Interni is the communication and promotion partner for the Italian Pavilion at Expo 2025 Osaka: a source of great pride for our magazine. In this issue we present a preview of the Italian Pavilion, titled The Ideal City, interpreted by Mario Cucinella and his studio MCA - Mario Cucinella Architects, winner of the competition, with the support of Mario Andrea Vattani, Commissioner General for Italy at Expo 2025 Osaka. The subtitle Art regenerates life expresses the idea behind the project, namely to put man, nature, sustainability and life at the center of a futuristic ideal city.
The eclectic creativity of interior design
A statement of intent that in the wider sense of the terms reconnects to the theme of Art&Design illustrated in this issue. An eclectic kind of creativity is featured in the architectural interiors: the Milanese home of a manager in the field of communication, a historical house in Oltradige updated by ModusArchitects with an eye on the Alpine tradition, the Bershka flagship store in Milan formulated by OMA from a perspective of omnichannel shopping experience.
Art and design, what exchange relationship?
The concept of the open series, the limited edition or the one-off makes new inroads among young designers, experimenting with alternatives to industrial production. This can be seen in the latest overviews of design in Italy, and elsewhere, revealing an approach to projects that is increasingly open to contaminations with different disciplines and greater freedom of expression – no longer constrained by the logic of mass production – which furniture companies have decided to welcome and include in their collections. A relationship of exchange between art and design, in which the former encourages the application of new viewpoints, while the latter provides an added factor for art, which it is lacking by nature: a practical function.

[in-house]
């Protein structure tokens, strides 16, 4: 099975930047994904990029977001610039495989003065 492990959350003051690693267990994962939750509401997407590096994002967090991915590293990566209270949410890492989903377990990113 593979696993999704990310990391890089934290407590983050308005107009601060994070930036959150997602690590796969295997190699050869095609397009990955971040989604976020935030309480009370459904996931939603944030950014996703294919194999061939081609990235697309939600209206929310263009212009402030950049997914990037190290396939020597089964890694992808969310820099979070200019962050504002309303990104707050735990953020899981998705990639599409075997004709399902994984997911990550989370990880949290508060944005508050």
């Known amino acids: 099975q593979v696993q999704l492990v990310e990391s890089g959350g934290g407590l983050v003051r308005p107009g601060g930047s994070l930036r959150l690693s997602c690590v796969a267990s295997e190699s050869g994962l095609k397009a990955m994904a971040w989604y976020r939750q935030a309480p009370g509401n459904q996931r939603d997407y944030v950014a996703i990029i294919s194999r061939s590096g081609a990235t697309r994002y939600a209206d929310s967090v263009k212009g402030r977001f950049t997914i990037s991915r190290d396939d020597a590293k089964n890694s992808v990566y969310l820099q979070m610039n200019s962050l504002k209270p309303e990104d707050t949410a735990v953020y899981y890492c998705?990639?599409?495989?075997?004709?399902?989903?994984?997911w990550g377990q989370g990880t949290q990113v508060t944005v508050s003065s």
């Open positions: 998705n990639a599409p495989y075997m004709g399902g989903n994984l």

Annual Contract 2023: what future for office, hotel and new residential proposals?
What will the office world look like? Certainly workspaces (leaving aside for a moment the theme of the home office) are heralding more community-based and less top-down models than they used to be. Work is shared: of computers, of desks, of meeting rooms; and at the same time, technologies allow us relationships and connections that were unthinkable until recently. The same can be said of new residential proposals: smaller houses but with shared condominium spaces (spa, nursery, laundry, meeting areas and lounges) similar to the services offered until now more by hotels than by homes. Hotels will certainly be greener and multitasking. And cities? This may be the time for a profound rethink, especially in a social key, where the real needs of the inhabitants are prioritised.
But the future is also an awareness that the world is still imbalanced, that there are entire communities living in conditions of promiscuity and discomfort: thinking about residential solutions for this important part of the world means realising that the good of our planet does not only depend on CO2 reduction.